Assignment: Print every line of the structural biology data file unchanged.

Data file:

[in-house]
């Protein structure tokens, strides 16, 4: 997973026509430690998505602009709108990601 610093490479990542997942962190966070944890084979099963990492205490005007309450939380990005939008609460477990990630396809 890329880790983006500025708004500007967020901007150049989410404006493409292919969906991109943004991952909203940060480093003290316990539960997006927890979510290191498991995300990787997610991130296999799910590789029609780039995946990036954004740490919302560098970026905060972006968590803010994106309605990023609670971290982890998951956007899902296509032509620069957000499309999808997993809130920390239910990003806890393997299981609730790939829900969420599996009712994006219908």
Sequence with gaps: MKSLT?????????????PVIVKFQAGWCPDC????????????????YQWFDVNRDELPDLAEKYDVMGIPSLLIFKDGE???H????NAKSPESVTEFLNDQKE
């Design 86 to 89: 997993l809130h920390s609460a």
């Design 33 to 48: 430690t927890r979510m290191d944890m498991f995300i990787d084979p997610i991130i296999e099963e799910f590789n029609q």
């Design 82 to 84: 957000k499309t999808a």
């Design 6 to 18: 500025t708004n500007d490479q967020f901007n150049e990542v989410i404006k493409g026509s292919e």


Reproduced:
[in-house]
């Protein structure tokens, strides 16, 4: 997973026509430690998505602009709108990601 610093490479990542997942962190966070944890084979099963990492205490005007309450939380990005939008609460477990990630396809 890329880790983006500025708004500007967020901007150049989410404006493409292919969906991109943004991952909203940060480093003290316990539960997006927890979510290191498991995300990787997610991130296999799910590789029609780039995946990036954004740490919302560098970026905060972006968590803010994106309605990023609670971290982890998951956007899902296509032509620069957000499309999808997993809130920390239910990003806890393997299981609730790939829900969420599996009712994006219908």
Sequence with gaps: MKSLT?????????????PVIVKFQAGWCPDC????????????????YQWFDVNRDELPDLAEKYDVMGIPSLLIFKDGE???H????NAKSPESVTEFLNDQKE
């Design 86 to 89: 997993l809130h920390s609460a």
């Design 33 to 48: 430690t927890r979510m290191d944890m498991f995300i990787d084979p997610i991130i296999e099963e799910f590789n029609q």
């Design 82 to 84: 957000k499309t999808a």
């Design 6 to 18: 500025t708004n500007d490479q967020f901007n150049e990542v989410i404006k493409g026509s292919e």